In accordance with the present invention, referring to FIG. 5, on the internal side of the brace there is here provided a pair of pockets 32, 34, defined by breathable material such as four way stretch nylon (LYCRA) spandex which is sewed about the periphery sides 26, 30, and bottom 35 as well as down across the middle as seen by sew line 36. Openings 37, 38 at the upper end edge 25 allow for insertion of liquid containing pods 40, 42. The pods are pouch like with edges sealed all around and contain a liquid such as glycerin or sodium acetate in water composition appropriately selected for either reusable heating in boiling water or in a microwave or cooling by freezing. Preferably two sets of pods are provided, one for heating and one for application of cold along with the brace. The cold liquid pods may be provided with a blue coloring while the hot pods would be provided with a red coloring to have suitable indicia for clearly pointing out their respective purposes. The pockets 32 and 34 on the inner side of the elastic brace are positioned so that one pod 40 inserted therein is positioned under the wrist 11 while the other pod 42 is positioned on top of the wrist 11.

With the present arrangement and the selective choice of either heated or frozen pods, the user can select a routine for better and more effective management of the RSI or control of the same. The heated pods would be applied to deal with stiffness that may come about such as from sleep inactivity. The frozen pods can be applied when needed, to slow and manage the daily build up of inflammations from repetitive motion activities. The routine might be employed during the course of the day where heat would be applied in the morning, work performed with the brace alone followed by some break session where frozen pods may be applied, followed by wearing the brace alone and then followed again by frozen pods to control inflammation and after which the heated pods are used to relieve stiffness.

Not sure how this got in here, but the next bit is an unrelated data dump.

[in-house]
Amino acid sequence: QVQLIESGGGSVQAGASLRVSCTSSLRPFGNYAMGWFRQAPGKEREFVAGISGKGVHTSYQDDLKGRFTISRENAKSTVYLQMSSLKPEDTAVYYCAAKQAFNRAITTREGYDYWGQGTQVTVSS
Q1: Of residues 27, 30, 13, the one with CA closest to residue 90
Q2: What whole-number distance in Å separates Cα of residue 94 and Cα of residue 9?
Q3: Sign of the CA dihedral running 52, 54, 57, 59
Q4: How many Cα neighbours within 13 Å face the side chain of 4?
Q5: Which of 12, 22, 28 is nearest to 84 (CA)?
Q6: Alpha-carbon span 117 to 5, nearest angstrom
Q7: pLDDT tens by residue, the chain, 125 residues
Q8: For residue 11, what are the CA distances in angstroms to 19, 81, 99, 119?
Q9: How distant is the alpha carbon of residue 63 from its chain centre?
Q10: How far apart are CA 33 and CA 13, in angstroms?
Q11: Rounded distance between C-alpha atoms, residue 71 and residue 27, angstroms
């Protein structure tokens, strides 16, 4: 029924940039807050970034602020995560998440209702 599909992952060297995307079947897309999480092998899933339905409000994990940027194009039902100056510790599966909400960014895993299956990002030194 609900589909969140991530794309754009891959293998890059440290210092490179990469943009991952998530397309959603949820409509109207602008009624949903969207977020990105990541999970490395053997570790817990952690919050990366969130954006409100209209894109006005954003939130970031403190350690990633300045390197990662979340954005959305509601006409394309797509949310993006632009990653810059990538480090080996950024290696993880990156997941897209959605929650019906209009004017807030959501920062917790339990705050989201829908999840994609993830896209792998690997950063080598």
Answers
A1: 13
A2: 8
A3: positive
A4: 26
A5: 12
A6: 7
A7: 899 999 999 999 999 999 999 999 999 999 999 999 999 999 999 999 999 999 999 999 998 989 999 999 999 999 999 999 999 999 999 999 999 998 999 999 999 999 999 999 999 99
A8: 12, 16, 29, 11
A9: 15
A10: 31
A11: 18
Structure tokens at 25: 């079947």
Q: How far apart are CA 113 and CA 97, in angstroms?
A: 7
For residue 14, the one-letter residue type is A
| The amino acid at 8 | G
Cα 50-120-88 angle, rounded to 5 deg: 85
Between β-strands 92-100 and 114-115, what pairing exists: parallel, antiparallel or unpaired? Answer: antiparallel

At the under side of the brace (FIG. 4), adjacent the palmar area, is a pocket 44 which receives a removable volar stay or stiffener 46 (FIGS. 4A & 4B) that acts as a splint and support for the thenar area of the thumb. Other stays or supports may be provided depending on the type of brace or restriction of movement that may be prescribed.

Referring to FIGS. 7-10, respectively, there is shown illustrative examples of the application of the principles of the present invention to braces 50-53 for the neck, knee, elbow and ankle of a person with pockets 56 holding hot/cold pods 58 for appropriate injury management.

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Reference
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Classifications
U.S. Classification602/21, 607/114, 602/14, 607/111, 602/64, 602/2
International ClassificationA61F5/34, A61F7/10, A61F7/02, A61F5/058, A61F5/01
Cooperative ClassificationA61F2007/108, A61F2007/0242, A61F2007/023, A61F7/02, A61F5/34, A61F5/0104, A61F2007/0001
European ClassificationA61F5/34, A61F5/01D1, A61F7/02
Legal Events
DateCodeEventDescription
May 16, 2007LAPSLapse for failure to pay maintenance fees
Nov 29, 2006REMIMaintenance fee reminder mailed
Apr 18, 2003FPAYFee payment
Year of fee payment: 8
Apr 18, 2003SULPSurcharge for late payment
Year of fee payment: 7
Dec 4, 2002REMIMaintenance fee reminder mailed
Nov 16, 1998FPAYFee payment
Year of fee payment: 4
Jan 27, 1995ASAssignment
Owner name: WORLD CLASS TECHNOLOGIES, INC., ILLINOIS
Free format text: ASSIGNMENT OF ASSIGNORS INTEREST;ASSIGNOR:WILLIAMS, STEVE;REEL/FRAME:007316/0089
Effective date: 19950117